10:00 PM EST, ESPN – Line: Warriors -8, Over/Under: 217.5
One team stands on the precipice of advancing to the Conference Finals while another continues to stare down elimination, as the Memphis Grizzlies attempt to prolong their fate a little while longer as they head back west to battle the Golden State Warriors in Game Six of this Western Conference Semifinal from Chase Center in San Francisco, California. Though their fate looks all but inevitable, the Grizzlies (56-26, 2nd in Western Conference) nonetheless have a duty to do everything within their power to stay alive, as they attempt to force a decisive Game Seven on their home court, where we’ll remind you that ANTHYING can happen. With that said, it’s truly a shame that after improving by leaps and bounds this season, Memphis has found themselves in their current predicament: after drawing their first two games of this series with Golden State, (newly-minted Most Improved Player) Ja Morant (27.4 PTS, 49.3% FG, 34.4% 3FG, 76.1% FT, 5.7 REB, 6.7 AST, 1.2 STL, 24.4 PER) suffered a knee injury in the latter stages of Game Four, with reports indicating that he’ll miss the REMAINDER of the playoffs. Needless to say, that’s a rather damning turn of events for a club that improved by a whopping EIGHTEEN games this season, thanks in large part to ascension of the explosive floor general; in his third season in the NBA, the 22-year-old made a giant leap in averaging career-highs in a slew of categories including points (27.4), field goal percentage (49.3%), three-point percentage (34.4%), two-point percentage (53.4%), rebounds (5.7), steals (1.2), and PER (24.4). One of the very best finishers in the game today, Morant has the electrifying quick step to routinely blow by defenders and the attitude and fearlessness to finish at the rim, evidenced by the fact that he became the first Guard in NBA history to lead the league in points in the paint. He’s averaged a whopping 38.3 points on 50.6% shooting from the field, along with 6.7 rebounds, 8.3 assists, and 3.0 steals through the first three games of the series, including a robust FORTY-SEVEN points and the go-ahead layup in Game Two (106-101), before suffering that mysterious knee injury in the latter stages of Game Three. Morant left the court after a tangle with Golden State’s Jordan Poole, who appeared to pull at his opponent’s knee during scrum for the basketball. Given that tensions have certainly run in this series after ejections and suspensions in Games One and Two, the youngster took to social media afterward to state that play “broke the code”, echoing that of (Warriors’ Head Coach) Steve Kerr only two days prior. However, (Head Coach) Taylor Jenkins’ troops have done nothing but persevere without the presence of the young All-Star, and by most metrics you could say that they thrived. The Grizzlies were a surprising 20-5 in his absence, thanks in large part to a wealth of internal growth throughout the roster; (versatile Forward) Jaren Jackson Jr. (16.3 PTS, 41.5% FG, 31.9% 3FG, 82.3% FT, 5.8 REB, 1.1 AST, 0.9 STL, 2.3 BLK, 17.0 PER) has finally begun to deliver on his enormous two-way potential, while (sharpshooting Guard) Desmond Bane (18.2 PTS, 46.1% FG, 43.6% 3FG, 90.3% FT, 4.4 REB, 2.7 AST, 1.2 STL, 17.6 PER) has offered crucial spacing from the perimeter, along with (young Forward) Brandon Clarke (10.4 PTS, 64.4% FG, 22.7% 3FG, 65.4% FT, 5.3 REB, 1.3 AST, 0.6 STL, 1.1 BLK, 23.7 PER) and (bullish Guard) Dillon Brooks (18.4 PTS, 43.2% FG, 30.9% 3FG, 84.9% FT, 3.2 REB, 2.8 AST, 1.1 STL, 15.5 PER) who have thrived within the collegiate-like atmosphere that Jenkins has fostered during his time with the franchise. And it’s with that said, that apart from a late collapse in Game Four (101-98), the tables could indeed have been turned with Memphis leading 3-2 instead of trailing, for the hosts utterly ANNIHILATED the Warriors in Game Five, a 134-95 blowout at FedEx Forum on Wednesday night. Perhaps they were pissed off for letting the previous contest get away from them, but it was impossible not to notice the aggression and fury that Jenkins’ charges played with, as they led 38-28 after the first quarter before going on to thrash Golden State 81-39 over the course of the second and third periods, amassing a 55-point lead at one point. The home side shot 47.5% from the field, including 18-of-41 from beyond the arc (43.9%), and 22-of-30 from the charity stripe (73.3%), while dishing out a healthy THIRTY-SEVEN assists in comparison to committing just nine turnovers, and dominating the glass 55-37, including 18-4 on the offensive end of the court. As you could imagine, Memphis held advantages across the bard, including threes (+12), free-throws (+13), assists (+15), points via turnovers (+19), fast break points (+7), and points in the paint (+14). SEVEN different players scored in double-figures, with Bane, Jackson, and (backup Guard Tyus Jones (8.7 PTS, 45.1% FG, 39.0% 3FG, 81.8% FT, 2.4 REB, 4.4 AST, 0.9 STL, 16.5 PER) scoring twenty-one points apiece on a combined 20-of-34 shooting (58.8%) and 12-of-19 on treys (63.1%). Furthermore, the bench thoroughly outperformed their counterpart, 52-35. So, moving forward, what can the Grizzlies to force a Game Seven, you ask? Well, performing as they did in the last two outings would be a great start. After struggling to adjust to the Warriors in the first three games, it appears that Jenkins’ outfit finally settled down and did what they do best, which is outwork their opponent. Whether it be on the offensive glass or via turnovers, no team in the Association thrives more off second-chance points than these guys (18.7), with their youth, size, and length playing a major role. Memphis totaled twenty-eight offensive rebounds and forced thirty-eight turnovers in the last two games, leading to twenty-five more field goal attempts in the process. Granted, part of the reason that it took so long to play this way is due to their lack of postseason experience, for the savvy Dubs managed to take them out of their game early in this series, and in turn conform to their opponent. While it may indeed be too late to save themselves, particularly without Morant, this affair has served as nothing but a valuable learning experience for the Grizzlies, which should bode well for them in the future.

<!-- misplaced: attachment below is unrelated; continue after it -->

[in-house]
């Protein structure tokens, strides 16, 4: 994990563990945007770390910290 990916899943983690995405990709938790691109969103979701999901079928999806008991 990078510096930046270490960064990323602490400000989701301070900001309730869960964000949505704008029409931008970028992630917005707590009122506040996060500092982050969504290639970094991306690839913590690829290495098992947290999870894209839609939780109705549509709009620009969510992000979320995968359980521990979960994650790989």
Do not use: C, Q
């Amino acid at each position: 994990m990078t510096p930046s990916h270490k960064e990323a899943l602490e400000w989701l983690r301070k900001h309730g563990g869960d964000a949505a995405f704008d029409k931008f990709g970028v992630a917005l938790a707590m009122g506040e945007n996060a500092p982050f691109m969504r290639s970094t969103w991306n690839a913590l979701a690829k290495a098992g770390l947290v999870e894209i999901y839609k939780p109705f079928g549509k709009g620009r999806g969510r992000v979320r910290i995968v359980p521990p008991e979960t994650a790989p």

Meanwhile, what a golden opportunity the Warriors (53-29, 3rd in Western Conference) wasted in their 134-95 thrashing at the hands of Grizzlies on Wednesday night. For those wondering, that pun is absolutely intended, for all throughout this series, Golden State has exhibited their wealth of playoff experience and ruthlessness at every turn up until Game Five’s utter capitulation. With a win, the Dubs would’ve advanced to their first Western Conference Final since 2019, further distancing this franchise from the disappointing nightmare that had been the previous two seasons. After representing the West in FIVE consecutive NBA Finals and claiming three Larry O’Brien trophies along the way, tragedy struck in a major way as the club lost both Kevin Durant and (All-Star sharpshooter) Klay Thompson (20.4 PTS, 42.9% FG, 38.5% 3FG, 90.2% FT, 3.9 REB, 2.8 AST, 0.5 STL, 16.7 PER) in the 2019 Finals, with the former suffering a torn Achilles and the latter tearing his ACL. Of course, the rest is history; Durant left the franchise in Free Agency, while Thompson spent the whole season rehabbing from said knee injury, only to tear his own Achilles in a practice exercise roughly a year later. During this period, (Head Coach) Steve Kerr’s troops stumbled to their worst record under his outrageously successful tenure (15-50), missing the postseason in back-to-back years for the first time since 2012. Even this season came with its unique challenges, for the Warriors’ dynastic triumvirate of Thompson, (reigning scoring champion) Steph Curry (25.5 PTS, 43.7% FG, 38.0% 3FG, 92.3% FT, 5.2 REB, 6.3 AST, 1.3 STL, 21.4 PER), and (versatile Forward) Draymond Green (7.5 PTS, 52.5% FG, 29.6% 3FG, 65.9% FT, 7.3 REB, 7.0 AST, 11.3 STL, 1.1 BLK, 14.3 PER) only featured together in ONE game during the regular season thanks to a variety of injuries. However, it’s become clear that that was indeed by design as Kerr went out of his way to make sure that all three figures were completely health in lieu of the playoff run, and for all intents and purposes, that approach has paid dividends. Golden State breezed through their First-Round matchup against Denver, eliminating (two-time MVP) Nikola Jokic in five games, setting up a battle with Memphis, a team that has proven to be very much their opposite. Young, athletic, and hungry, the first two games of this series couldn’t have played out more entertainingly from a neutral’s perspective; the Dubs edged the Grizzlies in a nip-and-tuck Game One (117-116) on the strength of a clutch Thompson trey followed by a key stop from Curry, while the hosts turned around and rode the exploits of the aforementioned Morant (47 points) to victory in a tightly contested Game Two (106-101). Along the way, Green would be ejected for a hard foul on Clarke in the former, while Brooks was thrown out of the latter for a wild hit on (backup Guard) Gary Payton II (7.1 PTS, 61.6% FG, 35.8% 3FG, 60.3% FT, 3.5 REB, 0.9 AST, 1.4 STL, 17.8 PER) in the latter, leading to suspension. With the scene shifting to Chase Center, the hosts let their play do the talking as they OBLITERATED the visitors in a 142-112 romp (that wasn’t without its own injury controversy), before rallying back to take a commanding 3-1 series lead in Game Four (101-98). Trailing throughout the affair, the Warriors finished the game on a 27-15 run capped by eighteen points courtesy of Curry, including 8-of-9 free-throws (88.9%), ending the night with a game-high thirty-two points on 10-of-25 shooting (40.0%) and 4-of-14 from beyond the arc (28.6%). Now, one would expect a veteran team such as this to put their proverbial boot on the neck of their opponent, and enjoy the luxury time off before the start of the next round of the playoffs, but that simply wasn’t the case on Wednesday night, as Kerr’s charges never looked very interested in handling their business in an expedited manner, as they never led in the blowout, trailing by as many as FIFTY-FIVE points thanks to a stretch between the second and third quarters in which the visitors were outscored 81-39 (you read that correctly). In the end, Golden State shot 45.0% from the field and 14-of-39 from downtown (35.9%), but were manhandled on the glass (-18) and paid dearly for their mistakes, as their twenty-two turnovers were manufactured into TWENTY-NINE points for the home side. Furthermore, their lack of size was exploited without mercy in this one, as the Grizzlies bested them 50-36 in the paint, while planting their flag at the charity stripe for the first time in this series, netting 22-of-30 free-throws (73.3%) in comparison to a meager 9-of-13 for the Dubs (69.2%). Curry and Thompson combined for just thirty-three points on 11-of-22 shooting from the field (50.0%) and 6-of-14 from three (42.8%) along with six rebounds, five assists, and four turnovers. Apart from that, (Rookie Forward) Jonathan Kuminga (9.3 PTS, 51.3% FG, 33.6% 3FG, 68.4% FT, 3.3 REB, 0.9 AST, 15.2 PER) played well with seventeen points, three rebounds, and a pair of assists, though did miss all five of his attempts from the perimeter. Lastly, the triumvirate of Green, (former No. One Overall Pick) Andrew Wiggins (17.2 PTS, 46.6% FG, 39.3% 3FG, 63.4% FT, 4.5 REB, 2.2 AST, 1.0 STL, 0.7 BLK, 15.0 PER), and (unheralded Guard) Jordan Poole (18.5 PTS, 44.8% FG, 36.4% 3FG, 92.5% FT, 3.4 REB, 4.0 AST, 0.8 STL, 16.1 PER) combined for only THIRTEEN points on 5-of-18 shooting (27.7%) and NINE turnovers. If there was ever a time to burn the game film, it would be this one, as Kerr & Co must put this debacle behind them before tonight’s affair. Granted, we can’t help but feel that this team rested on their laurels after the two games in San Francisco, fully confident that after taking Memphis’ last flurry of emotion in Graceland that they would finish them off at Chase Center. However, this is clearly a missed opportunity for a team that has suffered through so many injuries throughout the campaign, for an extra three to four days of rest would have been ideal in lieu of their next matchup, particularly when you consider that the other Western Conference Semifinal is now going seven games.